trouble with polymorphism

This is a discussion on trouble with polymorphism within the C++ Programming forums, part of the General Programming Boards category; I'm trying to implement a generic minimax class so that I can just fill in the functions that change with ...

  1. #1
    GA ichijoji's Avatar
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    trouble with polymorphism

    I'm trying to implement a generic minimax class so that I can just fill in the functions that change with different implementations. I tried declaring the functions that get overwritten as virtual void whatever()=0; but I need to instantiate the class in order to build a tree for the algorithm, so I went and changed all my pure virtual functions to be like virtual void whatever() {}. This works for calling the overwritten functions in everywhere but one spot. Like I said, I need ot instantiate a root for a tree, and I need to call functions on this class:
    Code:
    MiniMaxGame* root = new MiniMaxGame(player1Type,player2Type,boardw,boardh); //this is why they can't be pure virtual
    root->expand(side); //doing this calls the empty expand in the base class, no good
    I thought that I could get it to call the new function by putting it in a wrapper like this and using the same mechanism that works everywhere else:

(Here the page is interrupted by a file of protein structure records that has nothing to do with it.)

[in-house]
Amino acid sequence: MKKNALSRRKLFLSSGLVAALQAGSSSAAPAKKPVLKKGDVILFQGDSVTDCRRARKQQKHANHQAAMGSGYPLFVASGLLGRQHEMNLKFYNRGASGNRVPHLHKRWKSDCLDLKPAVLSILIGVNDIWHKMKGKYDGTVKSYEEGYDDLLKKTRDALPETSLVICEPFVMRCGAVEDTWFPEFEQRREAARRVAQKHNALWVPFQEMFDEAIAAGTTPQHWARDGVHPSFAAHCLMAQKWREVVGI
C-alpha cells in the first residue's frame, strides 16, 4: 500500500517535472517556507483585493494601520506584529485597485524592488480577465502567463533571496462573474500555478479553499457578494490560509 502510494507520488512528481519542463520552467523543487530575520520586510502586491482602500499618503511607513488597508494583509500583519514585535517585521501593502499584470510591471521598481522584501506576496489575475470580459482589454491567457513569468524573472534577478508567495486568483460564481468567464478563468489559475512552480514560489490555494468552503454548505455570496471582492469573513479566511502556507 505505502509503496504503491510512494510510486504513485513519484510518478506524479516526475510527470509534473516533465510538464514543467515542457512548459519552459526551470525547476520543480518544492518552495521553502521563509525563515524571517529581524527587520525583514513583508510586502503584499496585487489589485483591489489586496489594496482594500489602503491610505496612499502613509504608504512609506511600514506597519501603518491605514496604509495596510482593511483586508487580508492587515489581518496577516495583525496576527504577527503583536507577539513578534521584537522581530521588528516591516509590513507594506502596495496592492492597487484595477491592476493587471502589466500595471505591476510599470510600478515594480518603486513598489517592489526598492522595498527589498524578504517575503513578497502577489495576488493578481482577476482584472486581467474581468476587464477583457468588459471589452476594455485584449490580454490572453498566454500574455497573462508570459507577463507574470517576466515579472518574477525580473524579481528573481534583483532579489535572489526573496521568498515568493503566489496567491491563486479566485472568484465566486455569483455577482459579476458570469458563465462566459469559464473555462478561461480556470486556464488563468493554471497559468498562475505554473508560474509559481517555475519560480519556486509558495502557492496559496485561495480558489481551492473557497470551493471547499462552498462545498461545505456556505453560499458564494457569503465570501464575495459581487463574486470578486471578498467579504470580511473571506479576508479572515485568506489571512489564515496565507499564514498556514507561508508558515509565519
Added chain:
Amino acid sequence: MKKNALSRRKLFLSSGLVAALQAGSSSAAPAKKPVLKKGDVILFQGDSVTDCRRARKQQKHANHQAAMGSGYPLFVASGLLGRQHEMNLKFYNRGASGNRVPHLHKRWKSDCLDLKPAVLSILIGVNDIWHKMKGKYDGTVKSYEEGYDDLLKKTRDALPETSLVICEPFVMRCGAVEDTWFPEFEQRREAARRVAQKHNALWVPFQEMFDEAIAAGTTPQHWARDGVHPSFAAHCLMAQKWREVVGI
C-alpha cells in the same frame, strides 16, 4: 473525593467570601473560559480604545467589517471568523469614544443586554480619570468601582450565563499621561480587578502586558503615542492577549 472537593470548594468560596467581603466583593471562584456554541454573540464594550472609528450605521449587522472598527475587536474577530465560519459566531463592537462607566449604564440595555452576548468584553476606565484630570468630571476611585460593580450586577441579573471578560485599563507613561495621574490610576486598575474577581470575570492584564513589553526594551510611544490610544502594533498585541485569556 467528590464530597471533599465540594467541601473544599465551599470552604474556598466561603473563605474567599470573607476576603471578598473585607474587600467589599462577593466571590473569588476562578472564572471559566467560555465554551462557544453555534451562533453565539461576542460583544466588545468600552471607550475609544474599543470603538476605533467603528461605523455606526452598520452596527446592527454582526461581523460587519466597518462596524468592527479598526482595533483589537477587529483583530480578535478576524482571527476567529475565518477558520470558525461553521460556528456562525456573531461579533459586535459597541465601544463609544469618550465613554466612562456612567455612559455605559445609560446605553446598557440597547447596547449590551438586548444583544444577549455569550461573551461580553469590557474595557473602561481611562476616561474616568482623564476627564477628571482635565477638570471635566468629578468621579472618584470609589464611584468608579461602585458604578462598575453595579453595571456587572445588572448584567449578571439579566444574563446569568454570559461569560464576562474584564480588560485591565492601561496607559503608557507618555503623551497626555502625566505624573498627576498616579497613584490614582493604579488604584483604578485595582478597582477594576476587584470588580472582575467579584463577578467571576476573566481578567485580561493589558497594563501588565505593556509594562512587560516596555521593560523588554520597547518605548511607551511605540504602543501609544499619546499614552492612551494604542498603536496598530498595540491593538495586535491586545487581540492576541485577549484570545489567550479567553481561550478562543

Code:
    void doExpand(int side) {expand(side);}
    but this just gives the same problem. Is there some way to get around this, or should I look at a way to write the algorithm that doesn't require instantiating the base class?
    Illusion and reality become impartiality and confidence.

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    I thought that I could get it to call the new function
    Functions in a class are called by objects of that class. Presumably root is an object of the base class, so how can it call a function defined in a derived class? Furthermore, there can be many derived classes and each one can override the same virtual function in the base class. How would the linker know which derived class function to call?

    I thought that I could get it to call the new function by putting it in a wrapper like this and using the same mechanism that works everywhere else:
    Base classes do not inherit derived class functions--it's the other way around: derived classes inherit base class functions. Base class objects can only call functions defined in the base class. So, when you write

    baseObject.doExpand(expand(side))

    the linker looks around in the base class for the expand() function.

    Is there some way to get around this, or should I look at a way to write the algorithm that doesn't require instantiating the base class?
    You could define an expand() function in the base class that does what you want. That is the whole idea behind virtual functions: the base class objects can be defined to do one thing, and the derived class objects can be defined to do something else--or by not overriding the base class function, derived objects can inherit the same behavior.
    Last edited by 7stud; 01-25-2006 at 11:24 PM.

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